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Fearless Critic restaurant review
Steakhouse, American
Casual restaurant

Sun–Mon 11:00am–10:00pm
Tue–Sat 11:00am–11:00pm

Features Kid-friendly, Wi-Fi
Bar Beer, wine, liquor
Credit cards Visa, MC, AmEx
Reservations Accepted


Penn Quarter
509 7th St. NW
Washington, DC
(202) 347-3434
District Chophouse & Brewery
Beer, beef, and big bellies

Located in what used to be an old bank building, District Chophouse and Brewery is the classiest kind of chain. Between the deep leather booths, towering ceilings, and private dining room (in what used to be the bank’s vault), it’s nice enough to escape most negative associations of restaurant clones. At the chophouse, big families chomp peacefully alongside big men in suits; everything—from the scale of the building to the patrons and the plates from which they sup—is large and loud and predictably American.

The menu at District Chophouse is exactly what you’d expect: fried appetizers, sharable pizzas, and lots of meat. The most exotic flavor on the entire thing may be a shiitake mushroom or two and some miso butter. Ingredients and descriptions pay homage to the cowboy beef-eaters that make America proud, and portions celebrate the excess that other nations mock.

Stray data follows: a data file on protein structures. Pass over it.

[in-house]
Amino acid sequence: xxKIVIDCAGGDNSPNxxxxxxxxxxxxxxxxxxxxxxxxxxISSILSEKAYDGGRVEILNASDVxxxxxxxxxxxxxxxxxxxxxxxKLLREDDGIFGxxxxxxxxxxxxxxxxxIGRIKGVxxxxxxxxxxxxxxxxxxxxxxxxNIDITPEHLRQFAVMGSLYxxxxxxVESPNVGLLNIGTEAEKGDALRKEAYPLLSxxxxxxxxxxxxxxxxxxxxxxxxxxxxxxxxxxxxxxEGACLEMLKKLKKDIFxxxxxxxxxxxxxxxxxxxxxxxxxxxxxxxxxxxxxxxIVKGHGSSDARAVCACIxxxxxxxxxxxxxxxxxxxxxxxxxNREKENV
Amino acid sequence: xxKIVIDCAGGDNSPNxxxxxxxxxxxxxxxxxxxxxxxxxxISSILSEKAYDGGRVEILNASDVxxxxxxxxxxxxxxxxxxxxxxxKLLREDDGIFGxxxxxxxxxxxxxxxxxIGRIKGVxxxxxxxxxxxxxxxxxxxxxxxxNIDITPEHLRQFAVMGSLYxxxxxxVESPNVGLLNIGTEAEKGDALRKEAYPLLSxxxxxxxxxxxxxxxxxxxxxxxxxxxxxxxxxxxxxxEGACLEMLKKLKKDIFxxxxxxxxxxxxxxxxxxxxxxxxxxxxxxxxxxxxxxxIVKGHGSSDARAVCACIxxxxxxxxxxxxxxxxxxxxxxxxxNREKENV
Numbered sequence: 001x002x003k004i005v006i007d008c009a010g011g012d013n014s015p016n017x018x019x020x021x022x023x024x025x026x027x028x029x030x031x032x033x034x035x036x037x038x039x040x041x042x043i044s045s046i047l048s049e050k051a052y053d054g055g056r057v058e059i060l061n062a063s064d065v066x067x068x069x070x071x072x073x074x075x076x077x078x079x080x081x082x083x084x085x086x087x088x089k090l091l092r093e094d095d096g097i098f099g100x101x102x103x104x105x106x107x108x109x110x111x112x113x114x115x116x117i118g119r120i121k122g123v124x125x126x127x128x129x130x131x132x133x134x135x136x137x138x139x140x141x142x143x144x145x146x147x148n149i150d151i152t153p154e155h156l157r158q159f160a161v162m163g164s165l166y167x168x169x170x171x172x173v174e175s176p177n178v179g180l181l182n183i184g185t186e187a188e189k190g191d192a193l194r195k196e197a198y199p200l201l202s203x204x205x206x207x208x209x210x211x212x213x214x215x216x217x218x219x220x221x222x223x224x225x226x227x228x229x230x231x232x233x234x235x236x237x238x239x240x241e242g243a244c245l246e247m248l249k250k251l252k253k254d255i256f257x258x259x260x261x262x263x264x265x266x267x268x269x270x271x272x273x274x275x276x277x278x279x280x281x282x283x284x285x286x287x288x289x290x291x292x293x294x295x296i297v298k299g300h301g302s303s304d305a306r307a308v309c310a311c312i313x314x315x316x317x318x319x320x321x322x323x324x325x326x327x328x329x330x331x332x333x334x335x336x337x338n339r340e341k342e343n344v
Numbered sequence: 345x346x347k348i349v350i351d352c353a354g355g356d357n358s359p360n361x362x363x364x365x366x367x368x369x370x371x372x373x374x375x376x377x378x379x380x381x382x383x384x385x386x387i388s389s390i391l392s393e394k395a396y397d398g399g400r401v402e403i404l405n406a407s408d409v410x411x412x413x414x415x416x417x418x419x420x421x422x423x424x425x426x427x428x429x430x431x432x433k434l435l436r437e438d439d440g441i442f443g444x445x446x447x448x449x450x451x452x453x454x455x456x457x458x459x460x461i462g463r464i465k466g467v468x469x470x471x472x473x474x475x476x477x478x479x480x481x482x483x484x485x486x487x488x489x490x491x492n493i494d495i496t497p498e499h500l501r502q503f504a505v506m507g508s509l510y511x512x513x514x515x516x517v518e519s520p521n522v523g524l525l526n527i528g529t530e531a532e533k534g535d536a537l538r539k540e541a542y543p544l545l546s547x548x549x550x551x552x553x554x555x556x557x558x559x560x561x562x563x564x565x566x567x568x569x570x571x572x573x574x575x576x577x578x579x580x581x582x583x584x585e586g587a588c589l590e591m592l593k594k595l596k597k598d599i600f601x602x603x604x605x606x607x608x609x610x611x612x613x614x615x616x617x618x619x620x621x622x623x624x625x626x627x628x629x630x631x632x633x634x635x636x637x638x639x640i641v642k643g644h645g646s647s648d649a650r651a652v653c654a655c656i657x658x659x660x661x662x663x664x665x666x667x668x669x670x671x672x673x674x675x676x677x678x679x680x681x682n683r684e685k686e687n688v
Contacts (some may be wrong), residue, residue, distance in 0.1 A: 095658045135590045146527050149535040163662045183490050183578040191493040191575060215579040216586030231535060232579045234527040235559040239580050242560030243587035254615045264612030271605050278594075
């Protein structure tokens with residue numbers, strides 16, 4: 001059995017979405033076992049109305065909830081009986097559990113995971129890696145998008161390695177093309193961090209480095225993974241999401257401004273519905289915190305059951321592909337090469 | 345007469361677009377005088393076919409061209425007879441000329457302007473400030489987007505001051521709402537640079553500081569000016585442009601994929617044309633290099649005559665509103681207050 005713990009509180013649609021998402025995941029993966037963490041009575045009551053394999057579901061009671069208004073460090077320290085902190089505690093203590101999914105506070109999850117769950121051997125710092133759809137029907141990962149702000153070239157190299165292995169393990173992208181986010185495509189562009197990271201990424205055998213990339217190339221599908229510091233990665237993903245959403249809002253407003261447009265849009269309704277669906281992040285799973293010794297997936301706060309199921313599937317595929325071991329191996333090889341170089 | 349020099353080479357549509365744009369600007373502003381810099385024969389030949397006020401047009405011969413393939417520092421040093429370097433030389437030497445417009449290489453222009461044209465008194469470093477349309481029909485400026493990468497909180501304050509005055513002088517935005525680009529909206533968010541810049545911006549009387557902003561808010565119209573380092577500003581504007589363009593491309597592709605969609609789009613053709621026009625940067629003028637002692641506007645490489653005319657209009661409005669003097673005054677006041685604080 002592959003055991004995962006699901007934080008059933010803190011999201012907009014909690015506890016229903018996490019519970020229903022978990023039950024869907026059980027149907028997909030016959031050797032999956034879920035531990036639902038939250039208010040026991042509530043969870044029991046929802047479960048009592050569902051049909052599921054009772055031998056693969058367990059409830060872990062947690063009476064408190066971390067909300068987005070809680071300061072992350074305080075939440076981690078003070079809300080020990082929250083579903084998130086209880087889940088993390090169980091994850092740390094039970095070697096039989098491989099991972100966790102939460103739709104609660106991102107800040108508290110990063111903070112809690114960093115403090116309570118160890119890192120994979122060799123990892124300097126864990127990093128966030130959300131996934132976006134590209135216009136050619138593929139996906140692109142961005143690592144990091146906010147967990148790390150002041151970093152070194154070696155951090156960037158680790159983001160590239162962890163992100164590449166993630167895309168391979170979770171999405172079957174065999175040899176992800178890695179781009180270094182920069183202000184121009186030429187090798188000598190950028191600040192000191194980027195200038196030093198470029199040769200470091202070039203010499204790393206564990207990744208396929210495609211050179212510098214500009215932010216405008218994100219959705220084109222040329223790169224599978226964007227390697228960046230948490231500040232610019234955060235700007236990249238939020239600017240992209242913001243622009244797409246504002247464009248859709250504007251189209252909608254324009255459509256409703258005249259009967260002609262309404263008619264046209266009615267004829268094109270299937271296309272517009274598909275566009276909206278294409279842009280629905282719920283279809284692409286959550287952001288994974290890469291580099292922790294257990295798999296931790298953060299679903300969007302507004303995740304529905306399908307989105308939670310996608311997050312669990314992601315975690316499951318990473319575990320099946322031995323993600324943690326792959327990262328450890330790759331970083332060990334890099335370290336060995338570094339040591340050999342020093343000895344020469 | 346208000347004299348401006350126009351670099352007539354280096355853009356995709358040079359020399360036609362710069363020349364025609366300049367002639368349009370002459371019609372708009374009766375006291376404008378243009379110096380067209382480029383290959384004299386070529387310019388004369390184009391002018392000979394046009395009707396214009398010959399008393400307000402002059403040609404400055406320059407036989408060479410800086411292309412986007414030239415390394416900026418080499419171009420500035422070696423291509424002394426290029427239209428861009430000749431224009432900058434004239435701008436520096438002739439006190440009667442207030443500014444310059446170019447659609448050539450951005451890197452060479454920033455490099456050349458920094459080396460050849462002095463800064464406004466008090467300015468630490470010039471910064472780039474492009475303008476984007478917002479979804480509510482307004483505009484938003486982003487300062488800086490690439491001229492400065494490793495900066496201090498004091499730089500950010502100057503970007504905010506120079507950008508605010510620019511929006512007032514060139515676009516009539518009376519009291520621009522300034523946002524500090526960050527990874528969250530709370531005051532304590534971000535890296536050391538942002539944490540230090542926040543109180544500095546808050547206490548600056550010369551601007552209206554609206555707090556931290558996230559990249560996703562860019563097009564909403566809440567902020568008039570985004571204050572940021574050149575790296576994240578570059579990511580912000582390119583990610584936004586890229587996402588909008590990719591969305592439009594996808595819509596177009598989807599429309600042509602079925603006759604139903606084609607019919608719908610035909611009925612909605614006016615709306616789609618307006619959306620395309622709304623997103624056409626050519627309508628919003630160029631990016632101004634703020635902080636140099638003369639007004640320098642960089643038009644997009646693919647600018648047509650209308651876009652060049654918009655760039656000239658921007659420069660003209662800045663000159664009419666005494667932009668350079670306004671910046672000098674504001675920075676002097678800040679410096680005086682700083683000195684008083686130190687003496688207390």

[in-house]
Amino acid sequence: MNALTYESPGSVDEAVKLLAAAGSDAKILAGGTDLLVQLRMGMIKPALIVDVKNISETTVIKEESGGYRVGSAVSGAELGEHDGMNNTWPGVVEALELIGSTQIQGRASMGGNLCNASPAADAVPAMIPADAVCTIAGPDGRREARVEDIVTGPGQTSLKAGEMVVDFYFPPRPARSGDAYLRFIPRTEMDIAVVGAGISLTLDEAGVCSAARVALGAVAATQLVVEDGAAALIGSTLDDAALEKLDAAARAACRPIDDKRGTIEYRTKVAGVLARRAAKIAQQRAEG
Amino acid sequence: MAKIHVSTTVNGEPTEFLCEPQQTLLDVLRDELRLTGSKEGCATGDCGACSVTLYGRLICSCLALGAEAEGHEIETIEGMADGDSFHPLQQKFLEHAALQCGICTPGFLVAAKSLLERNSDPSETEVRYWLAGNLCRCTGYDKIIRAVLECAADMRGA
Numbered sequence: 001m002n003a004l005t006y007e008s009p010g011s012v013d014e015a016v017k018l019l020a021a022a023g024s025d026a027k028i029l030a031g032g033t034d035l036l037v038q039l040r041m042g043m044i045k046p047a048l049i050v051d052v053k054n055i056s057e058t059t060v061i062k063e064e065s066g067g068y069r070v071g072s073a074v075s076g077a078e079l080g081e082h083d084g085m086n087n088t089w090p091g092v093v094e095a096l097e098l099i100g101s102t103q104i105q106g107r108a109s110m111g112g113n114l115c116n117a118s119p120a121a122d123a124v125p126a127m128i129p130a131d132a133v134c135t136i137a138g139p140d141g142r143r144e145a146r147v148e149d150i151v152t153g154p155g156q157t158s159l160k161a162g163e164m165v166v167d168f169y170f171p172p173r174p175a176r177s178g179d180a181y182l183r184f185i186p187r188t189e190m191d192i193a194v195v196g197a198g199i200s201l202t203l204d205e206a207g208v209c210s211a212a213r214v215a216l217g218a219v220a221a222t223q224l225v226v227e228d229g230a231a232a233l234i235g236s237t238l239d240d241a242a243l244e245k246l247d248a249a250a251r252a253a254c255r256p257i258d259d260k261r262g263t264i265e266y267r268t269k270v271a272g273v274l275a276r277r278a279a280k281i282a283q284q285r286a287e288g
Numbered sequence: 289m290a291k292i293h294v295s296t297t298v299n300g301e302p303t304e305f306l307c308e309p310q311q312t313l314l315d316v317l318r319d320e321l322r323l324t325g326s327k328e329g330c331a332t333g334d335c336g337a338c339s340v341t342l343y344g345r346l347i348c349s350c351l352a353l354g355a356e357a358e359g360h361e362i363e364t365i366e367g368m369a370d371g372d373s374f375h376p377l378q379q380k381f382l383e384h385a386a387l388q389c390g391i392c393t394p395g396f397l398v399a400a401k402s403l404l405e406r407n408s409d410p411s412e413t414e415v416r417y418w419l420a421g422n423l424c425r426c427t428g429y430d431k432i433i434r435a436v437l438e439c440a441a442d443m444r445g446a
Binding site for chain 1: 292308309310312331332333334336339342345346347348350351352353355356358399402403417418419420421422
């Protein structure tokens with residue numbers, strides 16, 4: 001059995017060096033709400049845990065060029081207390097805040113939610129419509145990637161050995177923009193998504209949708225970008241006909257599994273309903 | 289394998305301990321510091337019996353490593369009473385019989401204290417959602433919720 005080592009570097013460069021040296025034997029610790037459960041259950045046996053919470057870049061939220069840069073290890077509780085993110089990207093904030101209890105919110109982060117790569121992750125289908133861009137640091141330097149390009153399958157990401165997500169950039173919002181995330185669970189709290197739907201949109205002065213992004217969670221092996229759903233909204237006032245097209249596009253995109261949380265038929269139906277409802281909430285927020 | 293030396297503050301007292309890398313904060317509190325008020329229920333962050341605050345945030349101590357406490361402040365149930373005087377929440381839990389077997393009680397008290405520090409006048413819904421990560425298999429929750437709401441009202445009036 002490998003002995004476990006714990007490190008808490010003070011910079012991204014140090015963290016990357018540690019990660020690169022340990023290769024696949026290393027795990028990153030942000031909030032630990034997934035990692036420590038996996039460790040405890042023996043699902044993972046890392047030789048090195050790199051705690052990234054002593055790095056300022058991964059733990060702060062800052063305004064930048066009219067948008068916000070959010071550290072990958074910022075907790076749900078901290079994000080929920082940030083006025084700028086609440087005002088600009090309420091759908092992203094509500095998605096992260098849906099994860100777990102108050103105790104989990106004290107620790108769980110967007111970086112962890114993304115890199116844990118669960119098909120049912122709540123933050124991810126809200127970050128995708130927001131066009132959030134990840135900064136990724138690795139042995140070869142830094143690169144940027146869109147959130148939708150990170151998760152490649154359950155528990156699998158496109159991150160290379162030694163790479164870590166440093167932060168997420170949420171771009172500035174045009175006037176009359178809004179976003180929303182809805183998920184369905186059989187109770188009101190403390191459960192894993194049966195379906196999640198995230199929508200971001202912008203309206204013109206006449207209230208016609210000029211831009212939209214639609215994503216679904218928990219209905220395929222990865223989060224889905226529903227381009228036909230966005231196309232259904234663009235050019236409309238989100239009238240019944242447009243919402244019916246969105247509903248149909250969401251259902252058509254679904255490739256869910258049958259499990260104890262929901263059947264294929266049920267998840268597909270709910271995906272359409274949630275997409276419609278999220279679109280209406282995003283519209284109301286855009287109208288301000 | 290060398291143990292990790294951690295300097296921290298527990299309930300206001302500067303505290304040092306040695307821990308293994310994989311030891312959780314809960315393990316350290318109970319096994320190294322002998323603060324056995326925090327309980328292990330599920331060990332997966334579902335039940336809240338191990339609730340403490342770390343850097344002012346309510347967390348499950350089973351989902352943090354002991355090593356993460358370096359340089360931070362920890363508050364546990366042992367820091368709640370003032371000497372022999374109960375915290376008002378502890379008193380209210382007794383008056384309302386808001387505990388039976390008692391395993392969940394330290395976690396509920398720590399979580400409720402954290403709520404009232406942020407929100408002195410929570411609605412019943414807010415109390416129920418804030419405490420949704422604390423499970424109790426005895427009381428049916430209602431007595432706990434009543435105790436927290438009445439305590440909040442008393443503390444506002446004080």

The Chophouse’s food isn’t bad, but it’s nothing special. Fried goodies taste, well, fried, and taste the same as well done onion rings, calamari, and chicken tenders anywhere. Pizzas sound better than they taste. One version combines steak and mild cheese with overpowering amounts of rosemary that add a dusty flavor that doesn’t make sense with the rest of the ingredients. The overabundance of cheese turns the flatbread soggy very quickly.

Steakhouse classics perform somewhat better. A cartoonishly hefty 24-ounce porterhouse is served with a generous pat of Bourbon steak butter and salty, fluffy mash. They are not afraid to serve things rare. The culinary highlight at the District Chophouse is a cast-iron skilletfull of cornbread. Honestly, what could be better than a cast-iron skilletfull of cornbread? It has the deep flavor and rough texture of toasted corn; it’s sticky like cake and you can glaze it with sweet whipped honey butter that isn’t gritty like many of its peers.

The best reason of all, though, to go to the District Chophouse is their original beer—more specifically the Bourbon Stout: a cask ale made from oatmeal stout aged in bourbon barrels for six weeks. The result is a caramel-gold wonder of alchemy, a love child of whiskey and stout—mellow and smooth, with a port-like thickness, bitter like coffee, but spiked with licorice and mellowed with a touch of vanilla.

This is the place to celebrate the good ol’ US of A. As we go to press, you can even raise a glass of “Barack Bock” to toast the new prez. And the District Chophouse really is American in terms of its priorities; it is neither high art nor lowfat, but it sure as hell cares about its beer.

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